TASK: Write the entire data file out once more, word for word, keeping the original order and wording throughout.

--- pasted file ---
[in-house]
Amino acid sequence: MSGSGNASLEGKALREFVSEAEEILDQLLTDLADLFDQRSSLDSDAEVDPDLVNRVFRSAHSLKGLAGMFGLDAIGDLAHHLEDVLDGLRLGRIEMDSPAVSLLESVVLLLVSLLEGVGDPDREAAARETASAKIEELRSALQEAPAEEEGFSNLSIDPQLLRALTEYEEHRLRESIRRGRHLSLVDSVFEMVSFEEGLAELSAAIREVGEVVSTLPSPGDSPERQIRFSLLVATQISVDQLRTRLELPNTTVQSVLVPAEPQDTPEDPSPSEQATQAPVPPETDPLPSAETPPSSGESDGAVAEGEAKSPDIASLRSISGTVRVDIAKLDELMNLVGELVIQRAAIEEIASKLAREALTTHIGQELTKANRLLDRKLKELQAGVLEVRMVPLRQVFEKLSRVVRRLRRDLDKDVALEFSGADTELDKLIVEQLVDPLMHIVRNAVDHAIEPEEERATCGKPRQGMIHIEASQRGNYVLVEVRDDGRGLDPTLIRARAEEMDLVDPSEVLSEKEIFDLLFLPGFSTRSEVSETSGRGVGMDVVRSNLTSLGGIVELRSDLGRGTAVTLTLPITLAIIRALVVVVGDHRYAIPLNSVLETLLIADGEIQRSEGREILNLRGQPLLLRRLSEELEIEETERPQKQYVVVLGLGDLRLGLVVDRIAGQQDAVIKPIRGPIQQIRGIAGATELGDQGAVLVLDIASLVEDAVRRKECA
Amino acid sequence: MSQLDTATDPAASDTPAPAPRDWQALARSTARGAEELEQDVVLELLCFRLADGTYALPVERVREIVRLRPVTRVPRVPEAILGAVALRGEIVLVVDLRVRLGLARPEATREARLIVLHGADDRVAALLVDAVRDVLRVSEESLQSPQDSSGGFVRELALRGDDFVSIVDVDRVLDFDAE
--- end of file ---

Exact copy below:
[in-house]
Amino acid sequence: MSGSGNASLEGKALREFVSEAEEILDQLLTDLADLFDQRSSLDSDAEVDPDLVNRVFRSAHSLKGLAGMFGLDAIGDLAHHLEDVLDGLRLGRIEMDSPAVSLLESVVLLLVSLLEGVGDPDREAAARETASAKIEELRSALQEAPAEEEGFSNLSIDPQLLRALTEYEEHRLRESIRRGRHLSLVDSVFEMVSFEEGLAELSAAIREVGEVVSTLPSPGDSPERQIRFSLLVATQISVDQLRTRLELPNTTVQSVLVPAEPQDTPEDPSPSEQATQAPVPPETDPLPSAETPPSSGESDGAVAEGEAKSPDIASLRSISGTVRVDIAKLDELMNLVGELVIQRAAIEEIASKLAREALTTHIGQELTKANRLLDRKLKELQAGVLEVRMVPLRQVFEKLSRVVRRLRRDLDKDVALEFSGADTELDKLIVEQLVDPLMHIVRNAVDHAIEPEEERATCGKPRQGMIHIEASQRGNYVLVEVRDDGRGLDPTLIRARAEEMDLVDPSEVLSEKEIFDLLFLPGFSTRSEVSETSGRGVGMDVVRSNLTSLGGIVELRSDLGRGTAVTLTLPITLAIIRALVVVVGDHRYAIPLNSVLETLLIADGEIQRSEGREILNLRGQPLLLRRLSEELEIEETERPQKQYVVVLGLGDLRLGLVVDRIAGQQDAVIKPIRGPIQQIRGIAGATELGDQGAVLVLDIASLVEDAVRRKECA
Amino acid sequence: MSQLDTATDPAASDTPAPAPRDWQALARSTARGAEELEQDVVLELLCFRLADGTYALPVERVREIVRLRPVTRVPRVPEAILGAVALRGEIVLVVDLRVRLGLARPEATREARLIVLHGADDRVAALLVDAVRDVLRVSEESLQSPQDSSGGFVRELALRGDDFVSIVDVDRVLDFDAE